• Anthony Velazquez

    I love the new looks of iOS8 and Yosemite. I could never go back to previous versions after using them…

  • William Donelson

    Just look at Yosemite and iOS 7. Horrible, flat, bubble-gum interfaces. Interaction clues removed and hidden buttons galore, what a crock. Terrible fonts and styles. Jonny Ive should be confined to hardware boxes.

    • Tim Davydov

      Actually some Yosemite changed are wonderful. I hate quite a few as well, but a lot of them are very visually pleasing.

  • Pascal Brunet

    oh, I thought it was because he thought this song was about him…

  • Tim Davydov

    This is complete nonsense.
    Basic human desire to be accepted and liked by fellow men has nothing to do with vanity.
    Vanity is generated by ego, but so does ambition. Steve was extremely ego driven, and idiotic phrases “I thought you were all about work, but you just want people to like you” proves it once again.

    How about basic human empathy? He cared more about glorification of Apple
    and his own “dream” than anything else.

    I am very thankful for the products Apple makes, but let’s be honest. Steve Jobs, may he rest in peace, was a complete asshole. Obsessed with his dream that has nothing to do with changing humanity.

    He was as enlightened as a broken flashlight.

    Let’s just wait and see for the “iGeneration” to grow up. I live 6 miles away from Apple headquoters, and people around here are getting very disconnected from each other and reality.

    Yay! iPhones have changed the world! Let’s see where the change will lead us in the next 10 years.

    It is all about work and it is not about the people. Some society we live in.

    • Michael Smith

      Your bias has clouded your reading comprehension.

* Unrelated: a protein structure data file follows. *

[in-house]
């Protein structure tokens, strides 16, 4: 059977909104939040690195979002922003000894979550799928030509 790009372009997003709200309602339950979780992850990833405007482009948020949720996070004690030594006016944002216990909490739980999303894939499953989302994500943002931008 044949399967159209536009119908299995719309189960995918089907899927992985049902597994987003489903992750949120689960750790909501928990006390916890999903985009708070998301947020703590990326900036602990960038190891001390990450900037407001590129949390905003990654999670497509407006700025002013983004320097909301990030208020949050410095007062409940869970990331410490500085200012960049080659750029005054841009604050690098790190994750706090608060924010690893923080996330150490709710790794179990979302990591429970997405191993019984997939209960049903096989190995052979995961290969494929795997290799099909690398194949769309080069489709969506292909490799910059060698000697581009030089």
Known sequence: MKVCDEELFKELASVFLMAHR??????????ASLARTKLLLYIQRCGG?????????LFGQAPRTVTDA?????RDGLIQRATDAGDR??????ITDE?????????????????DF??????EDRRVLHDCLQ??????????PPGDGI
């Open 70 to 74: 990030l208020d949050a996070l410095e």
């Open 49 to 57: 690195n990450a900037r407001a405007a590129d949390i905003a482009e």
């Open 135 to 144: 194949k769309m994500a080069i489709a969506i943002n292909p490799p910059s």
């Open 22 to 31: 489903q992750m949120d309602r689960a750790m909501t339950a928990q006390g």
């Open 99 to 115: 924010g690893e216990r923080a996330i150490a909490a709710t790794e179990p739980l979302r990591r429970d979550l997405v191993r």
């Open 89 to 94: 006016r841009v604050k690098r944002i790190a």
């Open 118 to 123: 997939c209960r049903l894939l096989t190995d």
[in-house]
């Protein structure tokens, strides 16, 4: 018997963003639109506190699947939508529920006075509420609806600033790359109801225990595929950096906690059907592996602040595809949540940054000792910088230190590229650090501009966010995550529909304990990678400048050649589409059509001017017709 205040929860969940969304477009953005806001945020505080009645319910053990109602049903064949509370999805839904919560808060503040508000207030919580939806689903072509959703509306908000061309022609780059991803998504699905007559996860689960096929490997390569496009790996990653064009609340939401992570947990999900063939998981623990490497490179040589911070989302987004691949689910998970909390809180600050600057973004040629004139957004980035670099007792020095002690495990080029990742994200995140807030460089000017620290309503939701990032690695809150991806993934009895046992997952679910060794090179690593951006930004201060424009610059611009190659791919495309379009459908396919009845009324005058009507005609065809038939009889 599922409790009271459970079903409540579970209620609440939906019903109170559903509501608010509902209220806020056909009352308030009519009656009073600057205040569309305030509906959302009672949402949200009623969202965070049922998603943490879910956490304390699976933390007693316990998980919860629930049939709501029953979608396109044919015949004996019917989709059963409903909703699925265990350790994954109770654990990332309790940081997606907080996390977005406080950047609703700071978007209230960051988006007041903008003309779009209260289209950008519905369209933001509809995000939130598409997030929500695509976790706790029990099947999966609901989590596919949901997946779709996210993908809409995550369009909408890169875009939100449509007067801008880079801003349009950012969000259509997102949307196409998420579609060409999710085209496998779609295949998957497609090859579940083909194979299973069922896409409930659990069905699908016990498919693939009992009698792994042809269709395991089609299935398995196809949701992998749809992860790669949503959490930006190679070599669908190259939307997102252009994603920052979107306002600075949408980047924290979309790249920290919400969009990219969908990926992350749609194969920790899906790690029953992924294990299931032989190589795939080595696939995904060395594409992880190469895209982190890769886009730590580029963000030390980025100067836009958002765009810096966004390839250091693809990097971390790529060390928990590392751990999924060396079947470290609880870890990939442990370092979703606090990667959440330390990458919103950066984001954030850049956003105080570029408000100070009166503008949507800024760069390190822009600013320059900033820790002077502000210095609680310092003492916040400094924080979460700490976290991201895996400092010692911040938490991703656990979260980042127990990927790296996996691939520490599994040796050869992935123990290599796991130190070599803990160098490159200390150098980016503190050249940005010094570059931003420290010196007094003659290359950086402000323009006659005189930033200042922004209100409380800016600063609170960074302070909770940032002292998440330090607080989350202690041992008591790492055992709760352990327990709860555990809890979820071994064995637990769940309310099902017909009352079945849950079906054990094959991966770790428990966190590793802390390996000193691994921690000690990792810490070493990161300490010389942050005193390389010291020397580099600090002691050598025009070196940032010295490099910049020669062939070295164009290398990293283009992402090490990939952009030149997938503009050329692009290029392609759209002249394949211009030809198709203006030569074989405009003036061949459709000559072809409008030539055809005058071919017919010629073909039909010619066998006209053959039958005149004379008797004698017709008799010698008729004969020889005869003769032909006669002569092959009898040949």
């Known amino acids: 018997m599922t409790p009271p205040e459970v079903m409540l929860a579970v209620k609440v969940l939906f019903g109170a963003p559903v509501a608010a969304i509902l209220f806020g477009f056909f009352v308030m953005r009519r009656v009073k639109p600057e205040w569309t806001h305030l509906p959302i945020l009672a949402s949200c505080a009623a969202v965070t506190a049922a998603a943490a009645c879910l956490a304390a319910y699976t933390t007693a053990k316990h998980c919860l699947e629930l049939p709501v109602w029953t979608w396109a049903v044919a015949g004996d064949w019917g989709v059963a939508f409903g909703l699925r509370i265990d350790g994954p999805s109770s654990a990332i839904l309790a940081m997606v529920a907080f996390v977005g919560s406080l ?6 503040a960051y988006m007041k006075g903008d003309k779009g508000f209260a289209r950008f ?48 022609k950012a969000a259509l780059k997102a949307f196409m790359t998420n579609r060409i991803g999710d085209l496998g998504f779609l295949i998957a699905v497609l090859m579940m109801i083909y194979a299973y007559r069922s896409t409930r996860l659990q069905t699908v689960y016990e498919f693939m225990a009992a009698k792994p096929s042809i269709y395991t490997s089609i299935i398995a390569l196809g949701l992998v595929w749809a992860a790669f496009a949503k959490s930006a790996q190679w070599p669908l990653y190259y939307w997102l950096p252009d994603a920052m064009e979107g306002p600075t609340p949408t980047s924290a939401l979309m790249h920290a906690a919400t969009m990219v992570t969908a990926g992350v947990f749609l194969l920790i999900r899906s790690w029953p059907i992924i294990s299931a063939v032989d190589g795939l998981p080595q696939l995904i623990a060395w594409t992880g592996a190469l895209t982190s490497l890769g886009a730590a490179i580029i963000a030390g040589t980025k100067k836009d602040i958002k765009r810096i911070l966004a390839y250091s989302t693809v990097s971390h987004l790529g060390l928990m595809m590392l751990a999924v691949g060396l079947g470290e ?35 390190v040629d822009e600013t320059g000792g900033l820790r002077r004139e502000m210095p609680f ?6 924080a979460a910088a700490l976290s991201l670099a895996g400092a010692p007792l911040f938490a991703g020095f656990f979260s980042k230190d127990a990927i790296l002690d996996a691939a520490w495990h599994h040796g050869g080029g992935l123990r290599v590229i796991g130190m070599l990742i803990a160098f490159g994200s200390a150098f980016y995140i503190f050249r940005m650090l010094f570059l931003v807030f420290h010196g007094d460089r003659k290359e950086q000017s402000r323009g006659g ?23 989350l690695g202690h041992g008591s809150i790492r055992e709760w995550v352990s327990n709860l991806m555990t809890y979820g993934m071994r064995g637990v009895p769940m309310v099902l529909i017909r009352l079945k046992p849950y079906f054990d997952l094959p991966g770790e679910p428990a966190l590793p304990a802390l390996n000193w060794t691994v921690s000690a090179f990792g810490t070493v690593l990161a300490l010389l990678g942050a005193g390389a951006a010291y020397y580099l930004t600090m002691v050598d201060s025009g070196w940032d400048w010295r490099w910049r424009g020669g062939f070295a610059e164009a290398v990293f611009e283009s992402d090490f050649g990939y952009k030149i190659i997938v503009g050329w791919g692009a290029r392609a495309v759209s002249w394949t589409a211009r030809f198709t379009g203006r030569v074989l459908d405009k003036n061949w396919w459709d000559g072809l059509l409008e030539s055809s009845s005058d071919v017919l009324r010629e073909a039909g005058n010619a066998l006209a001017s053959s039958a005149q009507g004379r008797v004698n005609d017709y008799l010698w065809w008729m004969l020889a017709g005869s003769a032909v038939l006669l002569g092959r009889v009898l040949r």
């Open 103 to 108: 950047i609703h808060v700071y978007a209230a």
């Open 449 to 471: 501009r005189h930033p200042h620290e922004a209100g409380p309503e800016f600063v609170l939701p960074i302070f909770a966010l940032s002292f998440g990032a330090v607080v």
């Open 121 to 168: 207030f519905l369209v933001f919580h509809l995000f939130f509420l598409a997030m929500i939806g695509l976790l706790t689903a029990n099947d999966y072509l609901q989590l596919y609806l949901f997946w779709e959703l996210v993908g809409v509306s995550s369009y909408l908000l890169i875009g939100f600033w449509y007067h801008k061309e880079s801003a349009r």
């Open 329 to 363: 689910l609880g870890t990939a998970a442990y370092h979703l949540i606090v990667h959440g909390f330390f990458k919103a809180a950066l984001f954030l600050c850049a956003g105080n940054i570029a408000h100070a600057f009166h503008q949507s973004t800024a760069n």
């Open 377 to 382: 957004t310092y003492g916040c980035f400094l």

Steve Jobs had a focused and uncompromising vision which can easily be misunderstood by the unenlightened as being an a**hole.
      Steve Jobs never said it was ALL about the work, he said that the work should be more important than what people think of you.
      Jony Ive understood it, I don’t see why you can’t.

      • Munkoli

        You’ve understood one thing Tim just said and weighed in with a fair comment that Jobs was being truthful and thus helpful to Ive by saying what he said. But you have misunderstood another point Tim was making about Jobs’ humanitarian aspect. Jobs had a vision that was supposed to be all about making society better and using technology to advance the soulful human experience. Instead the technology he put most into has become a poison, a further tool for capitalism to feed on our greed and superficiality. Upgrade mania – further wastage of earths resources, for what? So that people can post selfie’s on Instagram, bathing in narcissism, while simultaneously consuming all the crud that pop culture can possible force down their throat. The direction things took was probably not his fault though and being CEO of a large enterprise doesn’t give you complete power over things. But he definitely recognised the problems and didn’t even let his children use iPads, being all too aware of the detriment to humanity – the dopamine tricking consumerist experience he helped create and which is all pervasive now with the app culture.

        So, while I agree his “vision” was commendable and of high morality; a true artists ambition. The reality of the tech creations is far different and there is a darkside.

      • Michael Smith

        I don’t think Steve Jobs was a humanitarian or even cared about making society as a whole better. His vision was about making uncompromisingly great products that advanced the soulful human experience for the people that could appreciate and afford it.